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posted January 11, 2011
Everyone is trying to draw political lessons from the shooting of Arizona Congresswoman Gabrielle Giffords. Other than the obvious — that in a nation where any loon can own high-powered weaponry people will be shot — I'm not sure there are any. True, the political atmosphere in America (and, to a much lesser extent, in Canada) is harsh. True also that right-wing cable channels like Fox News amplify such toxicity. But those who find this novel forget their... [Toronto Star (Ontario), via GunPolicy.org]
posted January 11, 2011
WASHINGTON - The attempted assassination of a U.S. congresswoman has put the hot-button issue of gun control back in the national spotlight, but even after a bullet to the brain left their colleague fighting for her life, Capitol Hill legislators are shying away from significantly toughening up gun laws. A pair of them, in fact, have their own only-in-America solution: they'll pack some heat themselves. Two House of Representatives lawmakers -- Republican Jason... [Canadian Press, via GunPolicy.org]
posted January 11, 2011
In the wake of the tragic shooting in Tucson Saturday, pundits have spent countless hours debating the role of Sarah Palin in the story - despite the fact that there is no evidence that alleged shooter Jared Lee Loughner is a Palin supporter or had ever seen or heard her rhetoric. What they have spent less time discussing are the tools that allowed Loughner to allegedly carry out the attack - the high powered weapon and ammunition that helped him do so much damage so... [CBS News (USA), via GunPolicy.org]
posted January 11, 2011
Gun rights advocates and right-wing radio talkers have accused their critics of exploiting the massacre in Tucson, Ariz., for political gain. Firearms control activists have responded to the Saturday shooting by decrying the right's increasingly mainstream theme of "Second Amendment" solutions to "government tyranny" and Sarah Palin's online 2010 campaign map, which featured gun-sight cross hairs over targeted districts. Mental health experts, cautioning against... [National Public Radio (USA), Opinion, via GunPolicy.org]
posted January 11, 2011
Because of their high-profile nature, mass murders are often exploited to advance some political agenda, and this is especially true when it comes to the role of firearms. Mass shootings have served as ammunition in the debate over gun control, but used, ironically enough, by advocates on both sides of the issue. In the wake of particularly deadly and widely publicized shootings, gun control proponents have argued that the carnage would not be so great were it not for... [Boston Globe, Blog, via GunPolicy.org]
posted January 11, 2011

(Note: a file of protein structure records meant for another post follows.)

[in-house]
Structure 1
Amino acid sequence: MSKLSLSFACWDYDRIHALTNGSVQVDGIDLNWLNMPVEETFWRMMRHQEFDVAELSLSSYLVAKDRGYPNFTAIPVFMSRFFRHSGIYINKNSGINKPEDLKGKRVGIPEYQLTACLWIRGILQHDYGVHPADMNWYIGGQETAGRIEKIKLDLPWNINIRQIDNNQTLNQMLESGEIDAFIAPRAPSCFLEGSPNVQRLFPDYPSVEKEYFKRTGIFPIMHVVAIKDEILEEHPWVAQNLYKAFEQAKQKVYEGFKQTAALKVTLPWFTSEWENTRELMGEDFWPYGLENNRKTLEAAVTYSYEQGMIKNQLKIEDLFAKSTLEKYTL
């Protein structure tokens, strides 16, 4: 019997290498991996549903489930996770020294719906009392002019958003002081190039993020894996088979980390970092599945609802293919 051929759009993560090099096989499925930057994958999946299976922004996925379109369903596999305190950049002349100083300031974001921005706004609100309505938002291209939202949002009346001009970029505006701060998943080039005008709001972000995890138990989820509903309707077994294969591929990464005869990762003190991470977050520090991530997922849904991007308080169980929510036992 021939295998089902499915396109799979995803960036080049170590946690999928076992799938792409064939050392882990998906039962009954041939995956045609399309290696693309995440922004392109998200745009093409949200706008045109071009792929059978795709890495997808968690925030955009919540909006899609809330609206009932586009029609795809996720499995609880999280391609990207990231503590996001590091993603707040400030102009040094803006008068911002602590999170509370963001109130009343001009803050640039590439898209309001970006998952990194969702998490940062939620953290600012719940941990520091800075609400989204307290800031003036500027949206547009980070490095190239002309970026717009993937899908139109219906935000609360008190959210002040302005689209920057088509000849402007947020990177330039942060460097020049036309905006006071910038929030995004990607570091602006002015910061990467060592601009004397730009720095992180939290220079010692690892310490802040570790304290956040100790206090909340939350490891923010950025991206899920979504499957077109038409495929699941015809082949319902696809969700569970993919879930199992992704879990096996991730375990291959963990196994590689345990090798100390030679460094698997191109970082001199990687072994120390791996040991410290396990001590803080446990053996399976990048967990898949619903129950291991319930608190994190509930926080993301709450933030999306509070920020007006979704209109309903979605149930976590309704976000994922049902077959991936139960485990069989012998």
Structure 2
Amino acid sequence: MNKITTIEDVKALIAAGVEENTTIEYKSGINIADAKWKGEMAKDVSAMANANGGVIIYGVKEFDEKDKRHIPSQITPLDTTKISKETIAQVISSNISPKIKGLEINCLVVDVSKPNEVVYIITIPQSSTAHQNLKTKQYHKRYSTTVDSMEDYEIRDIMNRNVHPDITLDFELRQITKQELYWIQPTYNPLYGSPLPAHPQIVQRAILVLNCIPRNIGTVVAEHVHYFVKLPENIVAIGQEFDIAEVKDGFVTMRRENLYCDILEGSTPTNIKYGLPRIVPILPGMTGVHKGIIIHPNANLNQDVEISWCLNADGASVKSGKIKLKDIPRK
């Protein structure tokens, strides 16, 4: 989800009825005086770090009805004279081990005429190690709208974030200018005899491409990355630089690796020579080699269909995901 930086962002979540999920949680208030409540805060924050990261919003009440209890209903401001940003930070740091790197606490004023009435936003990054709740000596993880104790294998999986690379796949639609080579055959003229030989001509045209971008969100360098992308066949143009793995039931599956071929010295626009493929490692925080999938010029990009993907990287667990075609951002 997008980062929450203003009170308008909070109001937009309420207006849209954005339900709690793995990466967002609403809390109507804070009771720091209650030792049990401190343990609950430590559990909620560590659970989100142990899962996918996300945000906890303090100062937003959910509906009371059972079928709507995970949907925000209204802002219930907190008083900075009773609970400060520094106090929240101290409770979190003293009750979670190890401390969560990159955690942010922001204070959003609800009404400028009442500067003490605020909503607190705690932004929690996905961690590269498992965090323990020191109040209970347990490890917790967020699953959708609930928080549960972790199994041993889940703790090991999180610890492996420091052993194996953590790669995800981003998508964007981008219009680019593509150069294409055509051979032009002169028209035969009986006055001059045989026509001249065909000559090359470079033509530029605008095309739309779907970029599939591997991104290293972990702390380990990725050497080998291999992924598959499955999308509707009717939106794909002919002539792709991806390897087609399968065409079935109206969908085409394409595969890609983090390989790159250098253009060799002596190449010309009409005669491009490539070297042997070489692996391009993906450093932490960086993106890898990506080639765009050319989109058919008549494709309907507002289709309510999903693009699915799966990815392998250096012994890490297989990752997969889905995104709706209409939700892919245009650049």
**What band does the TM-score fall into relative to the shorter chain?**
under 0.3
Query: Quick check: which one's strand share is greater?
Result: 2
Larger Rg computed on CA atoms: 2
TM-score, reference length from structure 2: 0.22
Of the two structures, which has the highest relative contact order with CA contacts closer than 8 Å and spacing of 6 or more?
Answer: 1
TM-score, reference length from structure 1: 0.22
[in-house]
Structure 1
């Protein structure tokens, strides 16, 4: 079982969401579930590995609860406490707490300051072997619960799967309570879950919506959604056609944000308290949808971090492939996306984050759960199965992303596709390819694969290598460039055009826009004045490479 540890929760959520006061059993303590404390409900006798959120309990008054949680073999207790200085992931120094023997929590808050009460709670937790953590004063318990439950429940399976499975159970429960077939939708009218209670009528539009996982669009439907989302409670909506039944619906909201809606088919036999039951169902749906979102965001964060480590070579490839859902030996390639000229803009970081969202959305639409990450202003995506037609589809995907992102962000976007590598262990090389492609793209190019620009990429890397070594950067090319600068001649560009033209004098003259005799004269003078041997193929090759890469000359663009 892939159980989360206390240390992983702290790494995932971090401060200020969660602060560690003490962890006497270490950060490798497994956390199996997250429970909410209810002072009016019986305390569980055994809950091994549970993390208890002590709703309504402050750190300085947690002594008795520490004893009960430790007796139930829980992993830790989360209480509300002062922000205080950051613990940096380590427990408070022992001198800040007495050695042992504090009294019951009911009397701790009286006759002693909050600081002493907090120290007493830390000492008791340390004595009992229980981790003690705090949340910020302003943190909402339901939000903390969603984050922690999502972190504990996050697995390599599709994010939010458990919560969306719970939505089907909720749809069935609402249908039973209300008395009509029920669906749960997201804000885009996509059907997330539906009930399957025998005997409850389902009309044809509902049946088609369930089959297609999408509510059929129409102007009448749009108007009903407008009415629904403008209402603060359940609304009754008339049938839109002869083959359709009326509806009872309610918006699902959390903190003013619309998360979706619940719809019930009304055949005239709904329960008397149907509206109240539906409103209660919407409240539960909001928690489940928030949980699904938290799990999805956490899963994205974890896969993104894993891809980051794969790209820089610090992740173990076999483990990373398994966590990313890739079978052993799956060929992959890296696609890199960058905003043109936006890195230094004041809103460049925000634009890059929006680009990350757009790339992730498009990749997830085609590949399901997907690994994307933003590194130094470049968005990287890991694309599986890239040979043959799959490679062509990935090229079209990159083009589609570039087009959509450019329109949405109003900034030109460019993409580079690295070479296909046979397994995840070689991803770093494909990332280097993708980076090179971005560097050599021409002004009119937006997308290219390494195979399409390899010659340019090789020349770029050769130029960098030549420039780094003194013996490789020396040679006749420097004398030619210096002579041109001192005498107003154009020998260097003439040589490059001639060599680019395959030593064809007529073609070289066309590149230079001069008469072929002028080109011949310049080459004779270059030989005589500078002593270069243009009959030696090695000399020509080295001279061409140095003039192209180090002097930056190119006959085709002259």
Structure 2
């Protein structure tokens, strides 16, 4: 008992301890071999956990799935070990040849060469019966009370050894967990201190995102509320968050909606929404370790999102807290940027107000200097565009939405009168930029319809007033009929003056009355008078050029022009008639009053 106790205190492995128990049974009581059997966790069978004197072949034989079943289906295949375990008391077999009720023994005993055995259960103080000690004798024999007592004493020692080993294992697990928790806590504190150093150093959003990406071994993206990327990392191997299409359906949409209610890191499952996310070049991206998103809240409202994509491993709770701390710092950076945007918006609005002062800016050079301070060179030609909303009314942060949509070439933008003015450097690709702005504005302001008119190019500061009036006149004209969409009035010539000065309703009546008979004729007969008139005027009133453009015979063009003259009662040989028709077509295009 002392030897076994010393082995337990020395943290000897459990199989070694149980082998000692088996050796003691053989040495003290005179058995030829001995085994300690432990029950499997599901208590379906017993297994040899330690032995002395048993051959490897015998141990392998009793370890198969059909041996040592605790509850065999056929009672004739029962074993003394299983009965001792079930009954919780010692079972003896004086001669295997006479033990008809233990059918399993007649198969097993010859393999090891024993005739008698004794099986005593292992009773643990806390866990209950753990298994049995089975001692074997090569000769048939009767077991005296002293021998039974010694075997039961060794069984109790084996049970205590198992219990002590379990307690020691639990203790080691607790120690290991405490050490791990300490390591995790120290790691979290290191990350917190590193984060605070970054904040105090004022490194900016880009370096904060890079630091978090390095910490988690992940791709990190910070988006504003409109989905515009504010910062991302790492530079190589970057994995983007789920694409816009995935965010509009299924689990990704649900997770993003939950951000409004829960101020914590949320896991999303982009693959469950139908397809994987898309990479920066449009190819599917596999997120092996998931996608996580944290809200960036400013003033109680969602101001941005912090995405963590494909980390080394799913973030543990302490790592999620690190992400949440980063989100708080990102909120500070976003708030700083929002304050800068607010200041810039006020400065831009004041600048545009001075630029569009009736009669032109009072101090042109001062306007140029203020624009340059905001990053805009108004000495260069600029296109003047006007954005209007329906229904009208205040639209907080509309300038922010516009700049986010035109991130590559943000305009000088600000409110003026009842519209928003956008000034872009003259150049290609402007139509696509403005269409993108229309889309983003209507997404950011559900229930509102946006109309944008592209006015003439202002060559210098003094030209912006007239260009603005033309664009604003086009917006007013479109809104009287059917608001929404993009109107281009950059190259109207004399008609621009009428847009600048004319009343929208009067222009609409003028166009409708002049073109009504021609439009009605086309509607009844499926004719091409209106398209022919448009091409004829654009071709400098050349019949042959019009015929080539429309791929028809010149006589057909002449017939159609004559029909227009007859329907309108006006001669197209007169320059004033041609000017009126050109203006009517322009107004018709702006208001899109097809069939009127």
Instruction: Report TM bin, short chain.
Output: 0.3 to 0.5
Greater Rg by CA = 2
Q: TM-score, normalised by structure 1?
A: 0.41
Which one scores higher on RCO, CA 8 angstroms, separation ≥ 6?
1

MESA, Arizona - You might think Saturday's tragedy in Tucson would hurt sales at gun shops, but you'd be wrong. Steven Zacher with Glockmeister in Mesa says sales have skyrocketed. "Overall order numbers have doubled, if not above doubling," he said. Sales are even greater for the kind of ammunition used by Saturday's gunman. "Individual items like magazines are up in the case of this particular magazine are up about 100 percent," said Zacher. "The 33 round 9mm... [Fox News (USA), via GunPolicy.org]
posted January 11, 2011
While political leaders continue to lash out at the media and each other for suggesting that hyped, inflammatory political speech was somehow to blame for the Tucson, Arizona massacre that left six dead and more wounded, a much clearer and obvious concern demands America's attention. Just like Columbine, like Virginia Tech, like the Binghamton shootings, Tucson shooting suspect Jared Lee Loughner was an obviously psychology ill man who would not, or could not, and... [Aurora Sentinel (Colorado), Editorial, via GunPolicy.org]
posted January 11, 2011
The White House has disappointed gun-control advocates on and off Capitol Hill with its silence on the issue. Although President Obama ran on campaign vows of reinstating the assault-weapons ban and closing the gun-show loophole, among other reforms, he's been all but mute on those issues since entering the White House two years ago — a silence that's continued in the wake of Saturday's shootings in Arizona. Gun-control advocates, who are backing a series of reforms... [The Hill (Washington DC), via GunPolicy.org]
posted January 11, 2011
Background checks for handgun sales spiked in Texas and other states just two days after a mass shooting in Arizona left six people dead and U.S. Rep. Gabrielle Giffords fighting for her life. Texas saw the number of background requests rise to 724 on Monday, up from 621 on the corresponding Monday in 2010, according to FBI records. But workers at some North Texas gun stores said they didn't have as big an increase as they expected in actual sales of guns, ammunition... [Fort Worth Star-Telegram (Texas), via GunPolicy.org]
posted January 11, 2011
Jared Loughner was considered too mentally unstable to attend community college. He was rejected by the Army. Yet buy a Glock handgun and a 33-round magazine? No problem. To protect the public, we regulate cars and toys, medicines and mutual funds. So, simply as a public health matter, shouldn't we take steps to reduce the toll from our domestic arms industry? Look, I'm an Oregon farm boy who was given a .22 rifle for my 12th birthday. I still shoot occasionally... [New York Times, Column, via GunPolicy.org]
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